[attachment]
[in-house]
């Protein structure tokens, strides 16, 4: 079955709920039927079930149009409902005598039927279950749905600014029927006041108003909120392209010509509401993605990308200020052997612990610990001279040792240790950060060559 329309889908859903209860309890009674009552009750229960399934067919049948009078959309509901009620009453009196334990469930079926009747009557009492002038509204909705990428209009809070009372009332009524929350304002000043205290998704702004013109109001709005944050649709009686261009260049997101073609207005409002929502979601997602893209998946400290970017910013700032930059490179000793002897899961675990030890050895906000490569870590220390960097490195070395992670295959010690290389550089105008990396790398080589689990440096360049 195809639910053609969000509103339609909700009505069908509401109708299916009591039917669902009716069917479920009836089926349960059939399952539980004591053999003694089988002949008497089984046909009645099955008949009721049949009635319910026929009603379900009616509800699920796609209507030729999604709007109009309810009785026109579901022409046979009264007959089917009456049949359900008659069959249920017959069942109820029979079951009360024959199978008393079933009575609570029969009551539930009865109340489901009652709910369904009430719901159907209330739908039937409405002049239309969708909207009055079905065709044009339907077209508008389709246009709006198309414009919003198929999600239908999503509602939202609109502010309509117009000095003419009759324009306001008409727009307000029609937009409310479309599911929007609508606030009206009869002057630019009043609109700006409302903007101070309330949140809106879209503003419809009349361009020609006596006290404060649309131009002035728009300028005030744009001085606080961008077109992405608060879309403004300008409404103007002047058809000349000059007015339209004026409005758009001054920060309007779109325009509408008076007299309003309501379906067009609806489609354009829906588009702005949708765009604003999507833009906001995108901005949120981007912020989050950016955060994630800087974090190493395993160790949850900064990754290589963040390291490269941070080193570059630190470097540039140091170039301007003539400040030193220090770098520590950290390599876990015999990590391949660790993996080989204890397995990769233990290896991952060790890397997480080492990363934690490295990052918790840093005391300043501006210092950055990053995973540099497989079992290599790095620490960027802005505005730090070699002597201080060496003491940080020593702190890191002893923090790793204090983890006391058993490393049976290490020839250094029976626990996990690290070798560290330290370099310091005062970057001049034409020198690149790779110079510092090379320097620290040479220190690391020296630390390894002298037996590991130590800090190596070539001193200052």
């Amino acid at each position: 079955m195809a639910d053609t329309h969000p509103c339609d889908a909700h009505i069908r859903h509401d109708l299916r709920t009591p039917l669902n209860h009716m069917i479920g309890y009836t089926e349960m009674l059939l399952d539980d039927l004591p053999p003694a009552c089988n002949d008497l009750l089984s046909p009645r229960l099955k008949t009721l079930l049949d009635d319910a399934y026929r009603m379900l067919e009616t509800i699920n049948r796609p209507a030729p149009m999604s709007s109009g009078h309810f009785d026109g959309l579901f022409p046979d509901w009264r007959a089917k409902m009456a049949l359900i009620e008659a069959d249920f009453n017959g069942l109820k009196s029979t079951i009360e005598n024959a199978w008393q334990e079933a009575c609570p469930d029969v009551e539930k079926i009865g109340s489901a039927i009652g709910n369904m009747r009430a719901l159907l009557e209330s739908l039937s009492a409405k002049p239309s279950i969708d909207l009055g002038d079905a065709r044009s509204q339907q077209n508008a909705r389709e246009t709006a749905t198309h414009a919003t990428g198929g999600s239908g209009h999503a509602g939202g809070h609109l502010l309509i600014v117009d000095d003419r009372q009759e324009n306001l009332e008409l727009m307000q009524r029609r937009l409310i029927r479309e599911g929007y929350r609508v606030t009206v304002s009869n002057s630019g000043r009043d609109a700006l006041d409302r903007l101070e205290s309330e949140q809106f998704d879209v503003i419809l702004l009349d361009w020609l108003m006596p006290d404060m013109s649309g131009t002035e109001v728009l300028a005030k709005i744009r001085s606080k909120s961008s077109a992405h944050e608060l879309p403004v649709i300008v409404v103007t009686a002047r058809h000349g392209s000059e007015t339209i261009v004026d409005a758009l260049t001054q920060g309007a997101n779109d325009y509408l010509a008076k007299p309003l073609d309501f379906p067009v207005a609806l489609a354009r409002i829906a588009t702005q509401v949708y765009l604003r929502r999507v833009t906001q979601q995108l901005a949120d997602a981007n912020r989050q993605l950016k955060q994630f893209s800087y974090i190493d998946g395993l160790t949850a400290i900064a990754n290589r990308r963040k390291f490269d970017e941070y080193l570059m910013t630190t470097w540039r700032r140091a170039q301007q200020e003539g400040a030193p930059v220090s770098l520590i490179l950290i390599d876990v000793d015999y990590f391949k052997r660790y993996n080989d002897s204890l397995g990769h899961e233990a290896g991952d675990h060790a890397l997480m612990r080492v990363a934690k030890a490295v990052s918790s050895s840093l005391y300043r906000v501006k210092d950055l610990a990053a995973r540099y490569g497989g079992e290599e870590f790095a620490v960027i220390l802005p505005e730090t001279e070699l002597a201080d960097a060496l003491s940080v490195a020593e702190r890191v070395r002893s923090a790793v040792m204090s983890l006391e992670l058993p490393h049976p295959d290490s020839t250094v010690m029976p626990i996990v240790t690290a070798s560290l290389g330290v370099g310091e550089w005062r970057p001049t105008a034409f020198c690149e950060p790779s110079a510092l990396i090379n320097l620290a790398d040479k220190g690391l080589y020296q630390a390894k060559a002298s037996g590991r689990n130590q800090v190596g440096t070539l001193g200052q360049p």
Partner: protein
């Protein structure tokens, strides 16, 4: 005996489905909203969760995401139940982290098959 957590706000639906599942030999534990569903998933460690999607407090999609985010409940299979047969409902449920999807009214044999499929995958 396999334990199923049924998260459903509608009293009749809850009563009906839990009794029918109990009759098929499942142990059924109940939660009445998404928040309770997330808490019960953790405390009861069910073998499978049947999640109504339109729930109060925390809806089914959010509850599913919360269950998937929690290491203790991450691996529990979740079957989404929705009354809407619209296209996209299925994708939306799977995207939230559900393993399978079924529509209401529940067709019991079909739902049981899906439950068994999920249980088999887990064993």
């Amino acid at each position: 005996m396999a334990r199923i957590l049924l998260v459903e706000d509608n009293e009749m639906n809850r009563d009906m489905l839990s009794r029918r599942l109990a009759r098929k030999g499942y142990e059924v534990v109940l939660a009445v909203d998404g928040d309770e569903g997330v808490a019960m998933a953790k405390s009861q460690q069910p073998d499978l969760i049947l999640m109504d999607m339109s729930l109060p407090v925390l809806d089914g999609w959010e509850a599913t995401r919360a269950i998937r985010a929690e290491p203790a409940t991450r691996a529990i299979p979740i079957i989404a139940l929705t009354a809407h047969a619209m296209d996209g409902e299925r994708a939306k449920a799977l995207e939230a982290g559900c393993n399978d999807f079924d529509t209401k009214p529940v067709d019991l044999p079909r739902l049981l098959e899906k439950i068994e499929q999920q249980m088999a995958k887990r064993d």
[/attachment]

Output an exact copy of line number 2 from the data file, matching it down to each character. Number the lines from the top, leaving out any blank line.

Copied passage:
């Protein structure tokens, strides 16, 4: 079955709920039927079930149009409902005598039927279950749905600014029927006041108003909120392209010509509401993605990308200020052997612990610990001279040792240790950060060559 329309889908859903209860309890009674009552009750229960399934067919049948009078959309509901009620009453009196334990469930079926009747009557009492002038509204909705990428209009809070009372009332009524929350304002000043205290998704702004013109109001709005944050649709009686261009260049997101073609207005409002929502979601997602893209998946400290970017910013700032930059490179000793002897899961675990030890050895906000490569870590220390960097490195070395992670295959010690290389550089105008990396790398080589689990440096360049 195809639910053609969000509103339609909700009505069908509401109708299916009591039917669902009716069917479920009836089926349960059939399952539980004591053999003694089988002949008497089984046909009645099955008949009721049949009635319910026929009603379900009616509800699920796609209507030729999604709007109009309810009785026109579901022409046979009264007959089917009456049949359900008659069959249920017959069942109820029979079951009360024959199978008393079933009575609570029969009551539930009865109340489901009652709910369904009430719901159907209330739908039937409405002049239309969708909207009055079905065709044009339907077209508008389709246009709006198309414009919003198929999600239908999503509602939202609109502010309509117009000095003419009759324009306001008409727009307000029609937009409310479309599911929007609508606030009206009869002057630019009043609109700006409302903007101070309330949140809106879209503003419809009349361009020609006596006290404060649309131009002035728009300028005030744009001085606080961008077109992405608060879309403004300008409404103007002047058809000349000059007015339209004026409005758009001054920060309007779109325009509408008076007299309003309501379906067009609806489609354009829906588009702005949708765009604003999507833009906001995108901005949120981007912020989050950016955060994630800087974090190493395993160790949850900064990754290589963040390291490269941070080193570059630190470097540039140091170039301007003539400040030193220090770098520590950290390599876990015999990590391949660790993996080989204890397995990769233990290896991952060790890397997480080492990363934690490295990052918790840093005391300043501006210092950055990053995973540099497989079992290599790095620490960027802005505005730090070699002597201080060496003491940080020593702190890191002893923090790793204090983890006391058993490393049976290490020839250094029976626990996990690290070798560290330290370099310091005062970057001049034409020198690149790779110079510092090379320097620290040479220190690391020296630390390894002298037996590991130590800090190596070539001193200052």